B. Intracerebral haemorrhage
C. subarachnoid haemorrhage
D. Acute left epidural haematoma
E. Acute left subdural haematoma Note brain swelling and early dilatation of temporal horns of lateral ventricles in association with subarachnoid haemorrhage and various degrees of mass effect on all other images. CT, computed tomography; MCA, middle cerebral artery

Nuclear medicine

PET is a nuclear medicine molecular imaging technique that consistently maps and quantifies the distribution of metabolic changes in the brain using various radioisotopes, most commonly 18-fluorodeoxyglucose (18FDG). It finds application in various neurological conditions, including identifying epileptogenic foci in intractable seizures and the differential diagnosis of neurodegenerative disease that cause dementia but have differing patterns of hypometabolism.12

Single photon emission computed tomography (SPECT) uses gamma ray–emitting radioisotopes incorporated into tracers that are rapidly taken up by the brain, but do not redistribute, and reflect cerebral blood flow at the time of injection. It can aid in the diagnosis and ongoing evaluation of multiple neurological conditions including (but not limited to) cerebrovascular disease, dementia, epilepsy and traumatic brain injury.

Key points

  • CT and MRI are the workhorses of routine clinical neuroimaging. Given its wider availability and quicker acquisition time, CT is used more frequently in the initial evaluation of most neurological emergencies. MRI has the advantages of not using ionising radiation and providing greater soft tissue resolution.
  • It is vital to include relevant clinical information on the request form to ensure the most useful images are acquired (especially important for MRI) and are interpreted appropriately. In complex cases, discussion with the radiologist prior to imaging is particularly helpful.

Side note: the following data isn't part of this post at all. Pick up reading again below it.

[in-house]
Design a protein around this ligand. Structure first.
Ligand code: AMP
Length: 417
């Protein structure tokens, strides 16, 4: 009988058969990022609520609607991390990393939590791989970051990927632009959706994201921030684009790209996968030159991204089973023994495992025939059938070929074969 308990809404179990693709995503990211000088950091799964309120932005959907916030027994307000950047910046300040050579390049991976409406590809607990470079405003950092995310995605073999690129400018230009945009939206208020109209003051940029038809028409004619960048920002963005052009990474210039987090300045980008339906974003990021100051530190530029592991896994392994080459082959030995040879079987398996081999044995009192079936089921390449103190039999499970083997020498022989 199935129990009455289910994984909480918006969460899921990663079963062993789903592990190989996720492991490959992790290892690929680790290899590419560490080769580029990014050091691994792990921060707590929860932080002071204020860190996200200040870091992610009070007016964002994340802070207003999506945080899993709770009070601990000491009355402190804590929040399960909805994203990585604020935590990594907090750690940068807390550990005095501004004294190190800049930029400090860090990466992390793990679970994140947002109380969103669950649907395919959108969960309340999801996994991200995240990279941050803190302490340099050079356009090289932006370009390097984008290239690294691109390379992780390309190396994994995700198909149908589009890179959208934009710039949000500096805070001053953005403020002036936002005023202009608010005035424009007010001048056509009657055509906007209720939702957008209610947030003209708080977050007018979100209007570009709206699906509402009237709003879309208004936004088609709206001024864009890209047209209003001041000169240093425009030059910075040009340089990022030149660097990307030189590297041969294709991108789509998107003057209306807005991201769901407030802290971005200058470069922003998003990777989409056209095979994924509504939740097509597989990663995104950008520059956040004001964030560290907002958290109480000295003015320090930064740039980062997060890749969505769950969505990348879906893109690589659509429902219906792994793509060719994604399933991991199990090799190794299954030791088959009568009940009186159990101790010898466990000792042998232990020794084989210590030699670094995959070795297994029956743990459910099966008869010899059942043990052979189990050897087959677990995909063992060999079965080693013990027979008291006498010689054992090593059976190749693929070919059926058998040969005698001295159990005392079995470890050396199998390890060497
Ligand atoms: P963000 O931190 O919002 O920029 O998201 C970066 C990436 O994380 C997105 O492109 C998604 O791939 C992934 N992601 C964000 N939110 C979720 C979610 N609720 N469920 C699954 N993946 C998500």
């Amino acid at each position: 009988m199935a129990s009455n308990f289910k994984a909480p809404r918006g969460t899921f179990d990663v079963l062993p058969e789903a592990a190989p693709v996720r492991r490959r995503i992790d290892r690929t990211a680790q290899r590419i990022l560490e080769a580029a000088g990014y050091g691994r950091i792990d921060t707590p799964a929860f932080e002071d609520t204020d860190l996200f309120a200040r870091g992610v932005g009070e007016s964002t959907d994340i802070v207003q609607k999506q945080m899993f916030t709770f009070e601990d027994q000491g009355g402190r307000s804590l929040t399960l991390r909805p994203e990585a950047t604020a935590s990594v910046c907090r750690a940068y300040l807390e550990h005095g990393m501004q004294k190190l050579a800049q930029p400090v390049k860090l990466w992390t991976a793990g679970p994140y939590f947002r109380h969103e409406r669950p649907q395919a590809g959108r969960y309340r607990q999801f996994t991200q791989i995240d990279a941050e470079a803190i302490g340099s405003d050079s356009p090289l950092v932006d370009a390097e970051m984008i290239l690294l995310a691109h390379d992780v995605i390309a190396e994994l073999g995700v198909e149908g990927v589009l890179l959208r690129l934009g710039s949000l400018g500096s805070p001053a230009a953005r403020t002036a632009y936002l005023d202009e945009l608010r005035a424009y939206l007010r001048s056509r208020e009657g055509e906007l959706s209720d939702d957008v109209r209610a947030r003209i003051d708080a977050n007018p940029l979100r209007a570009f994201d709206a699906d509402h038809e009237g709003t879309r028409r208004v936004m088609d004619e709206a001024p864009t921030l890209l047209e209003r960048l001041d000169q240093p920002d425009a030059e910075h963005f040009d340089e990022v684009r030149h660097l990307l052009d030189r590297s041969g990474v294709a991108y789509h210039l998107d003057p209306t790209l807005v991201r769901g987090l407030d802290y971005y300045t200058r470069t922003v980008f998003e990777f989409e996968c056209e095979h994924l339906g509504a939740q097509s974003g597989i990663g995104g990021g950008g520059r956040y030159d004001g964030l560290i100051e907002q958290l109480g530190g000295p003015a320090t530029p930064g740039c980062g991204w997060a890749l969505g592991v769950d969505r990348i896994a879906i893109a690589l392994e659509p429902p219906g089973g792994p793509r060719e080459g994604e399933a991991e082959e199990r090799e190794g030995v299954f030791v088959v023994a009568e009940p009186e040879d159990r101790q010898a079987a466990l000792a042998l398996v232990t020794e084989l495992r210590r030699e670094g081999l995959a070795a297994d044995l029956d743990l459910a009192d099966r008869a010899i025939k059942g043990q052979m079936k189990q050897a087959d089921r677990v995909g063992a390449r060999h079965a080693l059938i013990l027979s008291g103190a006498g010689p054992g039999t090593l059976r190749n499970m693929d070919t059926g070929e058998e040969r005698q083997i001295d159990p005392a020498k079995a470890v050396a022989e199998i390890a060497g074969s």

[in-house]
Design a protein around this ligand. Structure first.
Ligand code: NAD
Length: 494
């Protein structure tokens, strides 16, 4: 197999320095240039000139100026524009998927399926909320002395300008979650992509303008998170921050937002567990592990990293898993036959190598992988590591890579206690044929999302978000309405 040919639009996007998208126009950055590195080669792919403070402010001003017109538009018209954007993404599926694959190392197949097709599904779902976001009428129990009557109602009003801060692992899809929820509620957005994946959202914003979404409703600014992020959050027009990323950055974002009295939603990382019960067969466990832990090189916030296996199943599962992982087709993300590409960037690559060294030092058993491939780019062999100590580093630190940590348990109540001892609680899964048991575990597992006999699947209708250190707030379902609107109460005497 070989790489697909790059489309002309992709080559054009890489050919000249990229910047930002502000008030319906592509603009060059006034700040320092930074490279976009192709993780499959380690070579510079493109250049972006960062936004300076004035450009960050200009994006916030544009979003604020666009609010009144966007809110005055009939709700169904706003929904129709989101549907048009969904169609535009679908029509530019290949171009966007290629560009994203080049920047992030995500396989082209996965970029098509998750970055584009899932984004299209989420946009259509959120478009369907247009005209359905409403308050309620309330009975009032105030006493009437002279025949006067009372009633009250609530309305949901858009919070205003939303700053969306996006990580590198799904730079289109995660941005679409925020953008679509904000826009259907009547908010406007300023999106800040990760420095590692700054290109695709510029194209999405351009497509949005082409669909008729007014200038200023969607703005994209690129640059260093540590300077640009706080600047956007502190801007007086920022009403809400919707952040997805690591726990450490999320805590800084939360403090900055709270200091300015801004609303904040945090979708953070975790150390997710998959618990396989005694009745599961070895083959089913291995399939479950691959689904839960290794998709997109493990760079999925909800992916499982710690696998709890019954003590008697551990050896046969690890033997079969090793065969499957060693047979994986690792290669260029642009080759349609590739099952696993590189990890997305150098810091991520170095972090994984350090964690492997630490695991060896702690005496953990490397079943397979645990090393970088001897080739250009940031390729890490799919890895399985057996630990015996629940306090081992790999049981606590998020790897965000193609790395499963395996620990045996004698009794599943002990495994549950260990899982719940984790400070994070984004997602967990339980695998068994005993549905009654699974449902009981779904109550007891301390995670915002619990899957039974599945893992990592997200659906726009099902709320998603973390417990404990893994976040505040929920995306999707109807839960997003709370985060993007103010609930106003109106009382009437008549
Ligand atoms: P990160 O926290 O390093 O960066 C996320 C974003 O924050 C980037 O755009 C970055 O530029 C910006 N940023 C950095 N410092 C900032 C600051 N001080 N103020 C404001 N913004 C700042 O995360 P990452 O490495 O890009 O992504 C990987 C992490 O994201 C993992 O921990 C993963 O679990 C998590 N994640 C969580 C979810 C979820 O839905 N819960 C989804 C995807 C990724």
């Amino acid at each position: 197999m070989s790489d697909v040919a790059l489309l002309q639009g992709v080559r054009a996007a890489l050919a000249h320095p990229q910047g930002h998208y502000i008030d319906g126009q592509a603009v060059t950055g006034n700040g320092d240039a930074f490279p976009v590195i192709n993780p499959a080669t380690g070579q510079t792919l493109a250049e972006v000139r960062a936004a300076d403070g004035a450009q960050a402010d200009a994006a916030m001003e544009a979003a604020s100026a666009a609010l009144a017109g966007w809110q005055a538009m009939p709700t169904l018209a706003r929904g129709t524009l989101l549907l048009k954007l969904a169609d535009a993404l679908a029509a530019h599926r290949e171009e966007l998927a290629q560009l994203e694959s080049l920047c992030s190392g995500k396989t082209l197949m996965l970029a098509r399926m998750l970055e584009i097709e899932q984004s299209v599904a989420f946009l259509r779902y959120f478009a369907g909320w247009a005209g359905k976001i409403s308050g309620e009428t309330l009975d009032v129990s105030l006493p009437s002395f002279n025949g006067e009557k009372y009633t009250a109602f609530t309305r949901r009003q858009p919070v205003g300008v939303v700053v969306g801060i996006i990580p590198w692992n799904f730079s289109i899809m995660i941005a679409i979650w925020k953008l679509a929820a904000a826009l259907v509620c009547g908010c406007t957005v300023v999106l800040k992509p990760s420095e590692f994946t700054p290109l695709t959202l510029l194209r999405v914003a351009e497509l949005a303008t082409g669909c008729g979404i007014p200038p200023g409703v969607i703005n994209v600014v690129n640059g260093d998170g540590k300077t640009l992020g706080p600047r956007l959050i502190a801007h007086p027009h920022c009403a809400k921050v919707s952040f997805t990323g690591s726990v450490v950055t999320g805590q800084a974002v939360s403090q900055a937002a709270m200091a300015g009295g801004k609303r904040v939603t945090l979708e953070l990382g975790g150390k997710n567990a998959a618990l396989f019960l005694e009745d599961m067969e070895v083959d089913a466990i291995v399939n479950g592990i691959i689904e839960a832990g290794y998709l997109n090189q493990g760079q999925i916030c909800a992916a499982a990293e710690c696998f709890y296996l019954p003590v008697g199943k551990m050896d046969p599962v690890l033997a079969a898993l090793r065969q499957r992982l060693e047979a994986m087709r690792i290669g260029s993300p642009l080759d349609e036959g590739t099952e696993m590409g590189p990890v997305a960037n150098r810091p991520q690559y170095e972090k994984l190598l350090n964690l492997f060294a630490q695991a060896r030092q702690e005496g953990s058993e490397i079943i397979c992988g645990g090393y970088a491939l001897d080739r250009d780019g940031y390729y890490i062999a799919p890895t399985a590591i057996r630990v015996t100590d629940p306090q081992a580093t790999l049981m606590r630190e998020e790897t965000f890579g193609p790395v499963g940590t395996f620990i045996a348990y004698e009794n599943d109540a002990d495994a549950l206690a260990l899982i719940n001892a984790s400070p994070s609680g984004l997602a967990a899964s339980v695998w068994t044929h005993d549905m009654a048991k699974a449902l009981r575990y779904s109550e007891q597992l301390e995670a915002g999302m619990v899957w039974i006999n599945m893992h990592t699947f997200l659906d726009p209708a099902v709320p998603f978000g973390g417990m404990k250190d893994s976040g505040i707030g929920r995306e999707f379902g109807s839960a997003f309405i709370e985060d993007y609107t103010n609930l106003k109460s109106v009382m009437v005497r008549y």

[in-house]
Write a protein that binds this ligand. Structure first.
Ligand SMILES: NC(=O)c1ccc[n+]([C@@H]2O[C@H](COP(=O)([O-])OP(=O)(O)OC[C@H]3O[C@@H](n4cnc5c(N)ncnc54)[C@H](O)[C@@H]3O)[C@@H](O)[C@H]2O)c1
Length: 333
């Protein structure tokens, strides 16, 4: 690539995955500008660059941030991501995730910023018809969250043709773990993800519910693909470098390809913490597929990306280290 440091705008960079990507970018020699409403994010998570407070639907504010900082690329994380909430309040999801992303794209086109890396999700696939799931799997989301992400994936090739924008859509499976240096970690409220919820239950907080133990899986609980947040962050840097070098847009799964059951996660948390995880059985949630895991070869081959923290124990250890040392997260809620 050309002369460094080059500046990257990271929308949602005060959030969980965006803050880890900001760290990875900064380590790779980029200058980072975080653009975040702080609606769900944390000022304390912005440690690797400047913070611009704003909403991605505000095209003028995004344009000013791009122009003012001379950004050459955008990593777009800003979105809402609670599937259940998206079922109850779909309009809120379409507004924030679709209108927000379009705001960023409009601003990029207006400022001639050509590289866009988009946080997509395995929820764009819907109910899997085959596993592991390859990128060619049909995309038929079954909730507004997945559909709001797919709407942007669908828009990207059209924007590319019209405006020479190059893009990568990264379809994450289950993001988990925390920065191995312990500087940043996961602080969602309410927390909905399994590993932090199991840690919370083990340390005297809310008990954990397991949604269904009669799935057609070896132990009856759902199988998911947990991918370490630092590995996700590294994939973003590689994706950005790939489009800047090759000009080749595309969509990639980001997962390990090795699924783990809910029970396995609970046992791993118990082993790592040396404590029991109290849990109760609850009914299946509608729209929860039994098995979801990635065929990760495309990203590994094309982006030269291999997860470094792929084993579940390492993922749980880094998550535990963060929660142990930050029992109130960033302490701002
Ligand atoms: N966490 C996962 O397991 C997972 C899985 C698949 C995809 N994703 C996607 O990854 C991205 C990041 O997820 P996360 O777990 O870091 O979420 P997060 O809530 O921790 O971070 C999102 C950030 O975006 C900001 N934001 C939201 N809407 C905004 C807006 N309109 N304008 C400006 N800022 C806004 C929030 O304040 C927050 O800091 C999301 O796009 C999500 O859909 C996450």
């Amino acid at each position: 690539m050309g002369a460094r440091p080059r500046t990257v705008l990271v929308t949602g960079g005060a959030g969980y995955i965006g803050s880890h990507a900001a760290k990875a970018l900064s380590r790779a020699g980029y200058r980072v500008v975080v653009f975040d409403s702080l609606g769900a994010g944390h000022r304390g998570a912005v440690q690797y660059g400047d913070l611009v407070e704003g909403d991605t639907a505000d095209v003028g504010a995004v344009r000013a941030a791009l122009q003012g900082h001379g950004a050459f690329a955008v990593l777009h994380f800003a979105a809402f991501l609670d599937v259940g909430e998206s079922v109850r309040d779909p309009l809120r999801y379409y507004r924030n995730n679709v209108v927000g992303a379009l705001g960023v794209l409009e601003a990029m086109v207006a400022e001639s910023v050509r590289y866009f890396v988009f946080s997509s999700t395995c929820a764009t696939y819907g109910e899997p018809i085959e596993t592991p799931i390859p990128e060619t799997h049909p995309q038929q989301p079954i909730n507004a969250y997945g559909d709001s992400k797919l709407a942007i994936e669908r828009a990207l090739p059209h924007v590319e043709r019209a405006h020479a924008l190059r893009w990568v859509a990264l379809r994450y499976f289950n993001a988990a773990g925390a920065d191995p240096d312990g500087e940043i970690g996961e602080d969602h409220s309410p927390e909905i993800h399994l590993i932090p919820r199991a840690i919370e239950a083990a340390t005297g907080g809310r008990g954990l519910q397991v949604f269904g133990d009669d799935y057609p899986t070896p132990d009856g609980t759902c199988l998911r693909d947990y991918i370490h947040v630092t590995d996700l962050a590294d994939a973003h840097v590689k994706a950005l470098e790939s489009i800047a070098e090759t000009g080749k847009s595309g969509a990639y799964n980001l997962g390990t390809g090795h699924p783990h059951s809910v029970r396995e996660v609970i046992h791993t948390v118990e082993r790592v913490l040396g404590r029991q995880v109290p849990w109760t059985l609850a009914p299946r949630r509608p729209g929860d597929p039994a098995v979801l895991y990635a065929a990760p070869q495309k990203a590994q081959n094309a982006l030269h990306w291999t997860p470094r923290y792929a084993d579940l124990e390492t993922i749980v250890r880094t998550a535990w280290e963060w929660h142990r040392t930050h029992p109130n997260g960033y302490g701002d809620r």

• Imaging is not indicated in straightforward primary headache syndromes.

Author

Julius Tamangani MBChB, FRCR, FRANZCR, Consultant Radiologist, Bendigo Healthcare, Bendigo, Vic. jtamangani@bendigohealth.org.au

Competing interests: None.

Provenance and peer review: Commissioned, externally peer reviewed.

References

  1. Paty DW, Oger JJ, Kastrukoff LF, et al. MRI in the diagnosis of MS: A prospective study with comparison of clinical evaluation, evoked potentials, oligoclonal banding, and CT. Neurology 1988;38(2):180–85.
  2. Wardlaw JM, Mielke O. Early signs of brain infarction at CT: Observer reliability and outcome after thrombolytic treatment – A systematic review. Radiology 2005;235(2):444–53.
  3. The Royal Australian and New Zealand College of Radiologists. Iodinated contrast media guideline. Sydney: RANZCR, 2016.
  4. Jagadeesh H, Bernstein M. Patients’ anxiety around incidental brain tumours: A qualitative study. Acta Neurochirugica 2014;156(2):375–81.
  5. The Royal Australian College of General Practitioners. Clinical guidance for MRI referral. Melbourne: RACGP, 2013. Available at www.racgp.org.au/your-practice/guidelines/mri-referral [Accessed 11 October 2016].
  6. Royal Australian and New Zealand College of Radiologists. Headache imaging – Guidance for GP referrals for MRI studies. Sydney: RANZCR, 2013.
  7. Sempere AP, Porta-Etessam J, Medrano V, et al. Neuroimaging in the evaluation of patients with non-acute headache. Cephalgia 2005;25(1):30–35.
  8. Neff MJ. Evidence-based guideline for neuroimaging in patients with nonacute headache. Am Fam Physician 2005;71(6):1219–22.
  9. Scottish Intercollegiate Guidelines Network. Diagnosis and management of headache in adults. A national clinical guide. Edinburgh: SIGN, 2008.